Six more employees of Tokyo Electric Power Co. working at the Fukushima No. 1 nuclear power plant were exposed to more radiation than allowed, the Japanese newspaper Asahi Shimbun reported on Thursday.
The government raised the upper limit for workers dealing with the Fukushima accident to 250 millisieverts. However, TEPCO announced June 13 that six additional employees had been exposed to more than that level of radiation. The company had previously announced that two employees had been exposed to more than 250 millisieverts, the newspaper reported.
The normal upper limit for workers at nuclear power plants is 100 millisieverts. TEPCO announced that a total of 102 employees had been exposed to more than that level.
TEPCO submitted a report to the Ministry of Health, Labor and Welfare on June 13 of a study into the 3,726 workers at the Fukushima No. 1 plant who worked between March 11, when the Great East Japan Earthquake struck, until March 31, the report added.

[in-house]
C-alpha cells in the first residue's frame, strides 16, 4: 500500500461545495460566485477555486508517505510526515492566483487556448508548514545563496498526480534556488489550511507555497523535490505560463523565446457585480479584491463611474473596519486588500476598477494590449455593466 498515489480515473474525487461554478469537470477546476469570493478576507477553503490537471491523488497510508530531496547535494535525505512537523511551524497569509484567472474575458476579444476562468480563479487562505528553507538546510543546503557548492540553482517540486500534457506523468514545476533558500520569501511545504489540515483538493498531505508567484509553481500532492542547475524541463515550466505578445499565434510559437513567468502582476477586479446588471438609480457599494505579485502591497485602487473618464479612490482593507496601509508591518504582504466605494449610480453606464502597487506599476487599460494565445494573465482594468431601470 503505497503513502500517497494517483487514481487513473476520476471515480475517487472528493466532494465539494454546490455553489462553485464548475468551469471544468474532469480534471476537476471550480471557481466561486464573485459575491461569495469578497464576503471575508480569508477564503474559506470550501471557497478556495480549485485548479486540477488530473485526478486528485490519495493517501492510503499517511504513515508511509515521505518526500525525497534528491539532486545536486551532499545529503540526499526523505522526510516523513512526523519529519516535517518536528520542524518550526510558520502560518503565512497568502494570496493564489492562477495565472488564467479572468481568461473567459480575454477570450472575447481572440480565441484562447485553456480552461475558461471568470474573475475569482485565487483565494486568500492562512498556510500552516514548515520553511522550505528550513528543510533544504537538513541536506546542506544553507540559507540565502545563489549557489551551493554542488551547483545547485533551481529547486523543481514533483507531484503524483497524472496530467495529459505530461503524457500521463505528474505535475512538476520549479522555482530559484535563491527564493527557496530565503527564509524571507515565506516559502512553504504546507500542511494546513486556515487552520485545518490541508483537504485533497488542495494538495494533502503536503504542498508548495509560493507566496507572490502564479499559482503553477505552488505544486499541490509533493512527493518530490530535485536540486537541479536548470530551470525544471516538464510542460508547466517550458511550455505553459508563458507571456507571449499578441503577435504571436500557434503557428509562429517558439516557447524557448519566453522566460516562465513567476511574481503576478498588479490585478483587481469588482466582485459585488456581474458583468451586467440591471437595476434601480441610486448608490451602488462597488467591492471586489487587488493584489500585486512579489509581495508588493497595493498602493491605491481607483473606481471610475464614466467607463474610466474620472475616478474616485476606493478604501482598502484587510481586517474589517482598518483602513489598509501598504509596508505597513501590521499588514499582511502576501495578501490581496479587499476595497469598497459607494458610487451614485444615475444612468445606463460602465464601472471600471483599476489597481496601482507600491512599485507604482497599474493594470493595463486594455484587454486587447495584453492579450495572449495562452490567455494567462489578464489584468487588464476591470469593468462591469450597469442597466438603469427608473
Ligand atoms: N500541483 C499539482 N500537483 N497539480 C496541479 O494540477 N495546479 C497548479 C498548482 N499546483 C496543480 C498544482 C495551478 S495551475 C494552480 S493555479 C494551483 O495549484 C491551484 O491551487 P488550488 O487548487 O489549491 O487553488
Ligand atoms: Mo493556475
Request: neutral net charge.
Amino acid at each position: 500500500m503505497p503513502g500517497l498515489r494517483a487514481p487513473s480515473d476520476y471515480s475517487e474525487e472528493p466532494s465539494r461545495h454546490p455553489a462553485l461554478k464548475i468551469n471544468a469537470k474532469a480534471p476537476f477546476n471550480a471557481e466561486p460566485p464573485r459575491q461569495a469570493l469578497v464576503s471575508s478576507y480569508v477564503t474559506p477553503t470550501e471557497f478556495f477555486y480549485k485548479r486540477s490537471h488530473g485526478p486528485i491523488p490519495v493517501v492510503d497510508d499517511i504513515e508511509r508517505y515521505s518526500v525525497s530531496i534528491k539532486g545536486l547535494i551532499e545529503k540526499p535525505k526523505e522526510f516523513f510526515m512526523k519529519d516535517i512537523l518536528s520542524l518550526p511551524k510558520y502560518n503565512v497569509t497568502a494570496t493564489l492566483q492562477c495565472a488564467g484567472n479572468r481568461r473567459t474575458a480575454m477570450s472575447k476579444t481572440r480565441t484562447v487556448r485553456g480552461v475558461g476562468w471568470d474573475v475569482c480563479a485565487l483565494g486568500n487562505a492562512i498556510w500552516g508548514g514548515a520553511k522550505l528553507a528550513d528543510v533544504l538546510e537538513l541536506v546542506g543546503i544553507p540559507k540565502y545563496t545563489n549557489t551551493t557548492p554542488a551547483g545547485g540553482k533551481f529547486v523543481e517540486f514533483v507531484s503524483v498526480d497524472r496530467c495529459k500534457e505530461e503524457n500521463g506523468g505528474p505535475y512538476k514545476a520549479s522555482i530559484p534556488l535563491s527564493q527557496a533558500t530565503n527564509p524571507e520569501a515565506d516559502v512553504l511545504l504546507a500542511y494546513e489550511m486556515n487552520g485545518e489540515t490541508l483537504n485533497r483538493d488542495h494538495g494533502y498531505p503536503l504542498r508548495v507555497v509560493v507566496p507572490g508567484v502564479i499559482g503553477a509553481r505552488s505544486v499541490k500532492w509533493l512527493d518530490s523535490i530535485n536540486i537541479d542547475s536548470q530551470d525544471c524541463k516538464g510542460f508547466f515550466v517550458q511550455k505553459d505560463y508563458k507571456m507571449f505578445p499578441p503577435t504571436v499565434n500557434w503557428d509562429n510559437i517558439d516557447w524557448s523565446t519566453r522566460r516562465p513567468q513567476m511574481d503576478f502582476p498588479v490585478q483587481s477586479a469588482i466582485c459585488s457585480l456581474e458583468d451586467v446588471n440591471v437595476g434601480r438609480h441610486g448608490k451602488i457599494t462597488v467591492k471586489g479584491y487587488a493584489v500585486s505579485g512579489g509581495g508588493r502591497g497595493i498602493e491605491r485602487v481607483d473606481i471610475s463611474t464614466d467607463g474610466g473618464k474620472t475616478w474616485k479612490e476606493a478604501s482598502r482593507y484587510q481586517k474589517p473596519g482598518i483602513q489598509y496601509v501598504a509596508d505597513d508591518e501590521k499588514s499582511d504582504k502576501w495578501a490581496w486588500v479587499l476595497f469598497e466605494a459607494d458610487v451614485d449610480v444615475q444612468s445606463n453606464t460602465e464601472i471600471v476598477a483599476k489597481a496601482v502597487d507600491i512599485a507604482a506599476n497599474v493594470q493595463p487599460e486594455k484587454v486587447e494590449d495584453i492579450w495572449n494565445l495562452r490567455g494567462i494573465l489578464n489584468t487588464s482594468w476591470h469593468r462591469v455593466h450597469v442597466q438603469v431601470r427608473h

Radiation exposure levels for 2,367 workers who were tested were reported to the labor ministry. The results of the study for the remaining workers will be submitted by June 20, the newspaper said.
The eight workers found to have been exposed to more than 250 millisieverts were all male TEPCO employees.
The six employees who were added to the list in the latest report worked to restore equipment at the Fukushima plant as well as measure radiation levels.